26. Yes, Fred Hoyle did some good stuff back in the early days. However, he became increasingly irritable and condescending with age and espoused many crackpot ideas, one of which even has its own Wikipedia page: http://en.wikipedia.org/wiki/Hoyle%27s_fallacy . His idea that Archaeopteryx wasn’t real is legendary as well.

  27. Dave Carter Says:

    Peter,

    Yes, its sad that he became a bitter man in old age. And he is remembered more for his comparative failures such as steady-state cosmology and viruses from space than for his successes. I also met him when he was old, and formed the same impression as you.

    dave

  28. Anton Garrett Says:

    Dave: I agree that the aim of scientists is to publish and teach. When I said that “The prime aim of scientists is to get grants, not to get rich” I was speaking of the financial facets, because somebody had accused me (inaccurately) of saying that AGW sceptics were in it for personal financial enrichment.

    Peter does not run the scientific contriubutions to his blog at academic standard. (It would defeat the point.) I had intended people to Google scientifically informed AGW sceptics as an “exercise for the student” by which they might educate themselves but here is a petition signed by more than 30,000 scientists:

    http://www.petitionproject.org

    Not many of these are climatologists, but to my knowledge none of the scientists with whom I am playing tennis here are, either. This number more than suffices to disprove claims of “scientific consensus”. Freeman Dyson is one, BTW.

    Anton

  29. Other scientists—Bondi, Gold, Philip Morrison—espoused the Steady State model in the early days. No problem with that. It was a good theory (in that it made testable predictions and require few assumptions). However, it was wrong. The other folks moved on while Hoyle stuck to his guns despite the evidence.

  30. “Here is the explanation: money is power. Politicians crave more power, meaning wider options. Higher taxes mean that they have more”. Yes, but only if they keep the money for themselves and don’t spend it on climate research.

  31. Anton Garrett Says:

    While Fred Hoyle’s personality might have made him a difficult dinner guest, it made for an entertaining autobiography (Home is Where the Wind Blows) in which he took aim at some of his scientific and (in particular) administrative opponents.

  32. Anton Garrett Says:

    Phillip: If as a politician *you* can decide how to spend the money then it doesn’t matter whether it is in the national coffer or your own bank account – *you* have the power.
    Anton

  33. Dave Carter Says:

    Sorry Anton, you are doing your credibility no good by bringing up the Oregon petition. There are very few climate scientists on that list. There are actually quite few scientists, even their front page shows that less than a third of the signatories have PhDs. Some signatories do not exist at all.

    The people we need to listen to are not random signatories of petitions, but people with an established record of research in climate science, evidenced by peer-reviewed publications in the climate science literature,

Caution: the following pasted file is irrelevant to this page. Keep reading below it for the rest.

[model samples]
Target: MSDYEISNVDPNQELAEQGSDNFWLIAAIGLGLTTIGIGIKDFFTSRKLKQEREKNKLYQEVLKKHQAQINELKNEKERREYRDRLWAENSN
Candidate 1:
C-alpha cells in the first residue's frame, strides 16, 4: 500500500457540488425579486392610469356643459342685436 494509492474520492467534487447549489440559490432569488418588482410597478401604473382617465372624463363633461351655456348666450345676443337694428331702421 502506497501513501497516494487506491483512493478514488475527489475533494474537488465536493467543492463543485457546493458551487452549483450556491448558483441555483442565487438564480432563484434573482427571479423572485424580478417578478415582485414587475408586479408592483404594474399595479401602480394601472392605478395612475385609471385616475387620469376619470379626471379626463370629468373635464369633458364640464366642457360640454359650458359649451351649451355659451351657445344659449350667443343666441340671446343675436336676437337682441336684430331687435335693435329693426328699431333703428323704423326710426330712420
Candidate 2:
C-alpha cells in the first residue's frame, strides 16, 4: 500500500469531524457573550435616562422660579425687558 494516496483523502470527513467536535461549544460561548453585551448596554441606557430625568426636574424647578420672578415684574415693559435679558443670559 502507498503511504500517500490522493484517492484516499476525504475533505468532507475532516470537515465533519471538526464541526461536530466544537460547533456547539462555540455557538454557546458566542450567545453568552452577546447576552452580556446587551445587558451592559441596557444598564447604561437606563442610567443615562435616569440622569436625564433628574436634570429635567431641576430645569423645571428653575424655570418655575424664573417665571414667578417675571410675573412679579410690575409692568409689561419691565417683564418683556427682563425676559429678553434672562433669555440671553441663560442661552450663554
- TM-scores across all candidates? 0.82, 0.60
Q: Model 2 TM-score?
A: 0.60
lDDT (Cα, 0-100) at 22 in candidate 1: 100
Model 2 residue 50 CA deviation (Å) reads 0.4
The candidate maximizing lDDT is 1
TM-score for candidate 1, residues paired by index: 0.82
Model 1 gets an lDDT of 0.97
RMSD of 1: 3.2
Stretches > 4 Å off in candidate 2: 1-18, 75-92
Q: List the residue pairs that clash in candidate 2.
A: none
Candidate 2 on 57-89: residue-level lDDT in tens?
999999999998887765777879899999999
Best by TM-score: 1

or by employment in an academic position in a climate science department (in a UK context this would be one which made a submission to UoA 17 of RAE2008, or intends to make such a submission to the 2013 REF). Now I havn’t been through this list myself, but I have seen people with your viewpoint challenged to find such a person on the list of signatories of the Oregon petition, and fail to come up with even one. This may have changed, I don’t know. But there are not a lot.

  34. Anton Garrett Says:

    Dave: Are you a climate scientist?

    Lindzen is.

  35. Dave Carter Says:

    Anton,

    I am not a climate scientist, but I can read what people are doing and understand their methodology. Lindzen appears to have done some good stuff in the past (as with Fred), but he appears to be out of step with the vast majority of at least equally eminent scientists in this field.

    Dave

  36. Anton Garrett Says:

    This is getting like John Cleese’s famous monologue in Liife Of Brian:

    “What scientists don’t regard global warming as proven?”

    “30,000 of them.”

    “Alright, but apart from them, what *climate* scientists regard it as unproven?”

    “Lindzen.”

    “OK, I’ll give you 30,000 who are largely non-specialists, and Richard Lindzen, but apart from them, what *climate* scientists regard it as unproven?”

    “Singer.”

    etc etc…

    More seriously, there is a hierarchy of value of opinions: the opinion of a climatologist is worth more than the opinion of a scientist working in other fields, which is worth more than the opinion of somebody with no scientific knowledge.

    Also, if polls are taken, I’d like to know the proposition that is or is not signed up to. It is not clear to me how many climatologists would, if their names were protected, sign up to the proposition that “the world is continuing to get warmer and it is beyond reasonable doubt that human burning of fossil fuels is responsible.”

    Anton

  37. http://en.wikipedia.org/wiki/Oregon_petition

    http://en.wikipedia.org/wiki/Arthur_B._Robinson

    Robinson is the senior author of the Oregon Petition.

    He also sells the Robinson Curriculum, which is a self-taught home school curriculum for grammar school children through high school.

    “Teach your children…to acquire superior knowledge as did many…in
    the days before socialism in education.”